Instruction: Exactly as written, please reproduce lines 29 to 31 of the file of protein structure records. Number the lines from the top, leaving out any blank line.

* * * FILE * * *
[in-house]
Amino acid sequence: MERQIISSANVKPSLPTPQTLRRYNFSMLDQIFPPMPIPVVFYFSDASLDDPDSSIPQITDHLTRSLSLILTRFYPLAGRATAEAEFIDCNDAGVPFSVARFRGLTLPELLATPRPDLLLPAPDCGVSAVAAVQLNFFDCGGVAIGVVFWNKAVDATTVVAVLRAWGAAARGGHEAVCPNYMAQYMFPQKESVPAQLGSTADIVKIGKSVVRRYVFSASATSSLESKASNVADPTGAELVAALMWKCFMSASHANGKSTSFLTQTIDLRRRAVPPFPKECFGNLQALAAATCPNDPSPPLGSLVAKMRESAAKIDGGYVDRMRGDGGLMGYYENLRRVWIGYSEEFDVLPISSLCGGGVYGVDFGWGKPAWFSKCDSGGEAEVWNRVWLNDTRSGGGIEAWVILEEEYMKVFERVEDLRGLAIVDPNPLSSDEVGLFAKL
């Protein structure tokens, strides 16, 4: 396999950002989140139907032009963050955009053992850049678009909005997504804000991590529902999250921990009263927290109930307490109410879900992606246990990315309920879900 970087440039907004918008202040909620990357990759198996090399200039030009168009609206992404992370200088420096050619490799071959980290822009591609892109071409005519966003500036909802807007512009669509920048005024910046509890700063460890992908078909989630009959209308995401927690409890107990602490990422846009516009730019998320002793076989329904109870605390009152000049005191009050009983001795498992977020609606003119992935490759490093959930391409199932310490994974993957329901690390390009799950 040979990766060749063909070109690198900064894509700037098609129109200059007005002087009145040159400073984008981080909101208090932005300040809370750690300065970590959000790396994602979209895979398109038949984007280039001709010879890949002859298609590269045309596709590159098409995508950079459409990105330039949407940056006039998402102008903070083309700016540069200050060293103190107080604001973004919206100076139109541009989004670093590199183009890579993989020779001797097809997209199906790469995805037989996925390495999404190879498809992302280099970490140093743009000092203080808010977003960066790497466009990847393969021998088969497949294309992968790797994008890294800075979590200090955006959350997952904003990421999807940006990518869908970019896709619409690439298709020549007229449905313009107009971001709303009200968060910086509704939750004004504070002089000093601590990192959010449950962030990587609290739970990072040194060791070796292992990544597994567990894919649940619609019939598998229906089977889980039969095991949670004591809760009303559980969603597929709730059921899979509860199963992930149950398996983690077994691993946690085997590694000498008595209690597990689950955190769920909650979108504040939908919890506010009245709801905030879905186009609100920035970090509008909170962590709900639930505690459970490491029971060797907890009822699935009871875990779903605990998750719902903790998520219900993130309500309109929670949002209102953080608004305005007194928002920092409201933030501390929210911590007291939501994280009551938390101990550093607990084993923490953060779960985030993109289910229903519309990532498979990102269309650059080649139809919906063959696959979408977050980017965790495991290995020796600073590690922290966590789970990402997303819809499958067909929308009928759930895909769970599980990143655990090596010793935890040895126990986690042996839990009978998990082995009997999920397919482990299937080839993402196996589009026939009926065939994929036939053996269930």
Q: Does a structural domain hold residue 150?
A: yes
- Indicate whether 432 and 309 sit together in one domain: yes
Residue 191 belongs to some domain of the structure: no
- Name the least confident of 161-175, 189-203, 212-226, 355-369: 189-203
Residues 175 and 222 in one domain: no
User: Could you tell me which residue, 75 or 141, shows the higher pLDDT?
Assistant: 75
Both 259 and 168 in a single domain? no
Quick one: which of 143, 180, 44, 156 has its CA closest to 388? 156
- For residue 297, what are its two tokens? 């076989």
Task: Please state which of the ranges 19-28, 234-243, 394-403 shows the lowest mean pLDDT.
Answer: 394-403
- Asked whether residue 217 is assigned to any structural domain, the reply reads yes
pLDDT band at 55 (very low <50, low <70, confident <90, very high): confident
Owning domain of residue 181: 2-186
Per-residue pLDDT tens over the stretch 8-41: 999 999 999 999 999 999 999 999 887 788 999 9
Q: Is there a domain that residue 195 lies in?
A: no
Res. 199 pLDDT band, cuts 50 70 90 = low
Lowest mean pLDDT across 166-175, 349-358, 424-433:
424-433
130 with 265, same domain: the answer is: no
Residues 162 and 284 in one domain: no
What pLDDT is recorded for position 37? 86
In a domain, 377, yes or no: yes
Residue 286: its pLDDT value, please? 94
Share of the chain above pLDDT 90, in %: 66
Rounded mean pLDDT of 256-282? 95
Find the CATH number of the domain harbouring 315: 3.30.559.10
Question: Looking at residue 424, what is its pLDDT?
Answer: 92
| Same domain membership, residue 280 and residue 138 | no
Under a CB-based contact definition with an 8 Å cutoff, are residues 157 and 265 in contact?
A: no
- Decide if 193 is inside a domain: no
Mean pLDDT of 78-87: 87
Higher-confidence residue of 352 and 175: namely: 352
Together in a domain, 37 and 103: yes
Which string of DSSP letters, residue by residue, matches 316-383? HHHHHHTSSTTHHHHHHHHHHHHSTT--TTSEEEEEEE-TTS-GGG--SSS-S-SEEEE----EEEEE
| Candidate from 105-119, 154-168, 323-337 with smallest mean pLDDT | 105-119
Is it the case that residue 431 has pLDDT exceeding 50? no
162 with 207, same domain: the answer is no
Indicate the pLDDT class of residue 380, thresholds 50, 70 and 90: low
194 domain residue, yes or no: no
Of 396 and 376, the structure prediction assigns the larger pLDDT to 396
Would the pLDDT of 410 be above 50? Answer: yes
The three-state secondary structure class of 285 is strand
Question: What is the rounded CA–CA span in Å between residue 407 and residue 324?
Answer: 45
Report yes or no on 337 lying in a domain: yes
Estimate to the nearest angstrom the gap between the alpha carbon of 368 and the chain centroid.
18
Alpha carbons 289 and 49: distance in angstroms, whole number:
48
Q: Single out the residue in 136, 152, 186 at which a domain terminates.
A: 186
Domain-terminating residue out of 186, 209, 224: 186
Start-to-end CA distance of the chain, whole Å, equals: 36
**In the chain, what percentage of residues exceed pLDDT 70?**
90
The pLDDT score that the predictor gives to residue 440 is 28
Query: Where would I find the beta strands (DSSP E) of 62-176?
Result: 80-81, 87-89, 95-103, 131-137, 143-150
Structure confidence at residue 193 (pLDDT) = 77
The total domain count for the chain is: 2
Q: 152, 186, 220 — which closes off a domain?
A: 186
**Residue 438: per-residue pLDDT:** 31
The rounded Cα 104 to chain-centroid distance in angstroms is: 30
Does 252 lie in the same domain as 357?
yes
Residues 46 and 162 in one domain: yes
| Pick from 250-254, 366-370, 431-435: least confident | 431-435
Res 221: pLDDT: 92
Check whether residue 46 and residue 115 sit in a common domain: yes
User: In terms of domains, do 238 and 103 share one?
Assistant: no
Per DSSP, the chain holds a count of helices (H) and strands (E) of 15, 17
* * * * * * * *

In a domain, 377, yes or no: yes
Residue 286: its pLDDT value, please? 94
Share of the chain above pLDDT 90, in %: 66